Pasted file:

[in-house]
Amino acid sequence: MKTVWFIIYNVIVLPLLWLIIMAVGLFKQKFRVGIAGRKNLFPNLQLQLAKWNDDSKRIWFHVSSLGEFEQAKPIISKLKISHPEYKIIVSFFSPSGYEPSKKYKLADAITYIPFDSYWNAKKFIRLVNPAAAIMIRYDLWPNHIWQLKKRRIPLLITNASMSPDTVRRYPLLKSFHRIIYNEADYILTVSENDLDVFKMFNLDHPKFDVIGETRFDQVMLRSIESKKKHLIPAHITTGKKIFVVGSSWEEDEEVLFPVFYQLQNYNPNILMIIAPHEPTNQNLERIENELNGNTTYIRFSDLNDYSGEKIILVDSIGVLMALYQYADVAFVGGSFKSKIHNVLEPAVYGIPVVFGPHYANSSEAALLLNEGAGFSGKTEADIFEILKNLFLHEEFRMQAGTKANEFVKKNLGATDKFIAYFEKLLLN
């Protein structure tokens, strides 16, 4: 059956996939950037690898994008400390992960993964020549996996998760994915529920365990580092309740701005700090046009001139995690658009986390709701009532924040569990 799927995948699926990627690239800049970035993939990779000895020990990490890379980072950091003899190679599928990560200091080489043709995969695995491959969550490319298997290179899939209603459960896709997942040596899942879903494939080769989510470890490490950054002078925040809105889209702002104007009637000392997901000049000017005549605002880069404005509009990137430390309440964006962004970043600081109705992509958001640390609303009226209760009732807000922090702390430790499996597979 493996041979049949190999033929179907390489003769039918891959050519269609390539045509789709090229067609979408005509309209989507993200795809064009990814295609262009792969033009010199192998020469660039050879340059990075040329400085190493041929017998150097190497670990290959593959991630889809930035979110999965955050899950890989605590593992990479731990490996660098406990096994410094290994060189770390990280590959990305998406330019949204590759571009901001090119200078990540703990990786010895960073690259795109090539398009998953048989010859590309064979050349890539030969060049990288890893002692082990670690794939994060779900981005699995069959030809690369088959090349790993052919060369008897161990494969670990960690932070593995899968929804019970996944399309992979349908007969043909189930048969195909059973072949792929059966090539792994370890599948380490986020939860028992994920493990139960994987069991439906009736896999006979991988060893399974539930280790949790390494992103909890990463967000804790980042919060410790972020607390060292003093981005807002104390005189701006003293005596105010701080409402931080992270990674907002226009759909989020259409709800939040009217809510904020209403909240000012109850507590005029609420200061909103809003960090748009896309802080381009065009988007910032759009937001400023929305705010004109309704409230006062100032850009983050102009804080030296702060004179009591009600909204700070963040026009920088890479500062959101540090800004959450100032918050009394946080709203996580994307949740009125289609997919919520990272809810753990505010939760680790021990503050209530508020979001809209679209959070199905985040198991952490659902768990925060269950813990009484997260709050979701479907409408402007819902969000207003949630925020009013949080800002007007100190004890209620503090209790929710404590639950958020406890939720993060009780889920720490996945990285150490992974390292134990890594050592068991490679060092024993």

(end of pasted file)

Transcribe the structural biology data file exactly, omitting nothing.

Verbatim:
[in-house]
Amino acid sequence: MKTVWFIIYNVIVLPLLWLIIMAVGLFKQKFRVGIAGRKNLFPNLQLQLAKWNDDSKRIWFHVSSLGEFEQAKPIISKLKISHPEYKIIVSFFSPSGYEPSKKYKLADAITYIPFDSYWNAKKFIRLVNPAAAIMIRYDLWPNHIWQLKKRRIPLLITNASMSPDTVRRYPLLKSFHRIIYNEADYILTVSENDLDVFKMFNLDHPKFDVIGETRFDQVMLRSIESKKKHLIPAHITTGKKIFVVGSSWEEDEEVLFPVFYQLQNYNPNILMIIAPHEPTNQNLERIENELNGNTTYIRFSDLNDYSGEKIILVDSIGVLMALYQYADVAFVGGSFKSKIHNVLEPAVYGIPVVFGPHYANSSEAALLLNEGAGFSGKTEADIFEILKNLFLHEEFRMQAGTKANEFVKKNLGATDKFIAYFEKLLLN
């Protein structure tokens, strides 16, 4: 059956996939950037690898994008400390992960993964020549996996998760994915529920365990580092309740701005700090046009001139995690658009986390709701009532924040569990 799927995948699926990627690239800049970035993939990779000895020990990490890379980072950091003899190679599928990560200091080489043709995969695995491959969550490319298997290179899939209603459960896709997942040596899942879903494939080769989510470890490490950054002078925040809105889209702002104007009637000392997901000049000017005549605002880069404005509009990137430390309440964006962004970043600081109705992509958001640390609303009226209760009732807000922090702390430790499996597979 493996041979049949190999033929179907390489003769039918891959050519269609390539045509789709090229067609979408005509309209989507993200795809064009990814295609262009792969033009010199192998020469660039050879340059990075040329400085190493041929017998150097190497670990290959593959991630889809930035979110999965955050899950890989605590593992990479731990490996660098406990096994410094290994060189770390990280590959990305998406330019949204590759571009901001090119200078990540703990990786010895960073690259795109090539398009998953048989010859590309064979050349890539030969060049990288890893002692082990670690794939994060779900981005699995069959030809690369088959090349790993052919060369008897161990494969670990960690932070593995899968929804019970996944399309992979349908007969043909189930048969195909059973072949792929059966090539792994370890599948380490986020939860028992994920493990139960994987069991439906009736896999006979991988060893399974539930280790949790390494992103909890990463967000804790980042919060410790972020607390060292003093981005807002104390005189701006003293005596105010701080409402931080992270990674907002226009759909989020259409709800939040009217809510904020209403909240000012109850507590005029609420200061909103809003960090748009896309802080381009065009988007910032759009937001400023929305705010004109309704409230006062100032850009983050102009804080030296702060004179009591009600909204700070963040026009920088890479500062959101540090800004959450100032918050009394946080709203996580994307949740009125289609997919919520990272809810753990505010939760680790021990503050209530508020979001809209679209959070199905985040198991952490659902768990925060269950813990009484997260709050979701479907409408402007819902969000207003949630925020009013949080800002007007100190004890209620503090209790929710404590639950958020406890939720993060009780889920720490996945990285150490992974390292134990890594050592068991490679060092024993």